Over the last decade, the number of foreigners denied entry to Portugal, despite having bought an airline ticket and, in the majority of cases, being in possession of a valid visa, was something in the order of 10 people a day. Practically none of them were given the opportunity to mount a legal defence to counter the police charges brought against them.In order to reveal the truth about these procedures that offer no right to a defence, and which over time have been relegated mere police statistics, we decided we would get together witnesses, interview them and then publish the interviews.
If you have been interrogated at a European or Portuguese airport, if you have been expelled with no right to a defence, we would very much like to hear your story.
The aim of collecting witness statements is to demand transparency of police procedures.

Send us your testemony by email

FIRST STATEMENT
ON THE RIGHTS’ SITE ON-LINE


Mamadou Ba, Senegal, November 1999
«In November 1999, on my return from Finland, where I’d taken part in a summit on immigrant rights, I was interrogated by two officers of Lisbon Airport’s Customs and Immigration police. SEF do Aeroporto de Lisboa. After a gruelling interrogation lasting several hours, they told me I wouldn’t be allowed back into Portugal because my visa had expired, and that I would be put on a Royal Air Maroc flight back to Senegal within hours.
I’d been living in Lisbon for several years; I had a foreign national’s Identity Card, the blue one, valid until 2014, and I had applied for my student visa to be renewed, but hadn’t yet received an answer to my application.
I explained all of this to the police. I knew that as long as I had not been refused an extension on my student visa, my situation was, to all intents and purposes perfectly legal.
It was a Sunday. To counter my arguments, the police inspector produced a letter right there at the airport notifying me that my request for a student visa extension had been denied. He handed me a document he had written and asked me to sign it. Naturally, I refused. I told him that to start with, he couldn’t tell me of an administrative decision made in Portuguese territory, in the international area of an airport; secondly, that as it was not a judicial act, he could not notify me of an administrative decision on a Sunday, and thirdly, that even if my extension request were to be denied, which was a remote possibility, I still had the right to appeal that decision.
It is not what they are used to hearing, and they didn’t like it.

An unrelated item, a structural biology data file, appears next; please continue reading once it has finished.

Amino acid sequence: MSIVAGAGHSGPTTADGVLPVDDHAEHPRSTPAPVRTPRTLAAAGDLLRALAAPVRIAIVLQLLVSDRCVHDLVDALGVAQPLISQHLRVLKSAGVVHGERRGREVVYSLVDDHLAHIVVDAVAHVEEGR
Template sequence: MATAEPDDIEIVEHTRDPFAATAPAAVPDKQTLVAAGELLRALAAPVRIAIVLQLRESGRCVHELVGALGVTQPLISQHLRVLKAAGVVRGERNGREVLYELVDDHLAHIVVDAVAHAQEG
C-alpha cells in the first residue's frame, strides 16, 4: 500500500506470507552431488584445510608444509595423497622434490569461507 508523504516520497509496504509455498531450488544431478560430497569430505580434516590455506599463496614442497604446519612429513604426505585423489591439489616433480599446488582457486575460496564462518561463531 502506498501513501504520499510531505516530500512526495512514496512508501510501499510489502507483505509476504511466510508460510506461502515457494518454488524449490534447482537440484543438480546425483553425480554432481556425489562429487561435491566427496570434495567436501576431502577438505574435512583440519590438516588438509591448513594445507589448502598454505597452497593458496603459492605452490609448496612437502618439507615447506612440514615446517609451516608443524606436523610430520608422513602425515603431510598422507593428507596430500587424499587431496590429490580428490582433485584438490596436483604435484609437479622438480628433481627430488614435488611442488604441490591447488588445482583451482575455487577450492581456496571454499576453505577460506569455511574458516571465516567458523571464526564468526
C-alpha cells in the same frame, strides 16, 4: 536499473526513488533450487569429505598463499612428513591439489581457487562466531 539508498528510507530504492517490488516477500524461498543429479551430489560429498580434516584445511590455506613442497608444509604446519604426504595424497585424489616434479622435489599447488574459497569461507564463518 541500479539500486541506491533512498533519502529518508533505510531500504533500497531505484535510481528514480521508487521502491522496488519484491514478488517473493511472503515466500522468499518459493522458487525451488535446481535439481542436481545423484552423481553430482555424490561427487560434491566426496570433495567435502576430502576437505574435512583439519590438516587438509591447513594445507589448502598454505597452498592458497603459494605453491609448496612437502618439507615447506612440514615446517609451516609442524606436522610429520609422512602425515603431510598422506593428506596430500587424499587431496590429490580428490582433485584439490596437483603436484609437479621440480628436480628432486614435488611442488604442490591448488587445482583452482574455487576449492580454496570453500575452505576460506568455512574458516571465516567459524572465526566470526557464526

After eight hours arguing, and after a lot of public pressure from the Association SOS Racism, I managed to get a special 72-hour visa (which they tried to make me pay for, but I refused since I had never asked for it!), and notification to appear at SEF on Monday to hear their decision on my visa extension. I’m still here!
»

Cristiane, Lisbon, June 2009
I am 33 years old, Brazilian and I had come to Portugal as a tourist before. In 2009, I came back to meet my boyfriend, who is Portuguese, and I was stopped in the airport of Lisbon. They told me I was missing a document, but I was never informed which document this was.
As I refused to sign the declaration of SEF (Serviço de Estrangeiros e Fronteiras – Service for Foreigners and Borders), I was detained for one night.
I have never entered a penitentiary, but I believe that it should be similar to the “Centro de Instalação Temporária” (Center for temporary installation) of the airport. It is a reinforced cell with a sleeping quarter for men and one other for women. I was in the cell with other three Brazilian women. Next to us there were five men of different nationalities: one was a drug dealer and the others were war refugees. They had been there for two weeks.
Neither the bedrooms nor the bathroom had a lock, therefore we were afraid and could not sleep. The windows were weld with plates and when I leaned against the door I lost my breath, since there was no ventilation system. When I complained about the situation to a police officer, she answered “if something happens, scream”.
As I had no privacy, I did not use the toilet for three days and did not take a shower. One of the women was menstruating. She stained her white pants and had to go back to Brazil with her stained clothes, since they did not allow her to access her luggage.
I had to listen to ignorant and rude insinuations from one officer who told me that in order to remain in Portugal I had to leave escorted. It seems that these policemen think all Brazilian women who travel alone to Portugal are prostitutes.
I do not understand why they did not let me in. I had a return ticket, an invitation letter from a friend who is a Portuguese citizen and an international credit card. After much insisting I managed that one of the officers gave me the complaint book.
When I insisted, he told me that what had happened to me had been a mistake and that the solution was for me to come back the following week and try again. As if an intercontinental plane ticket would cost the same as a bus ticket…”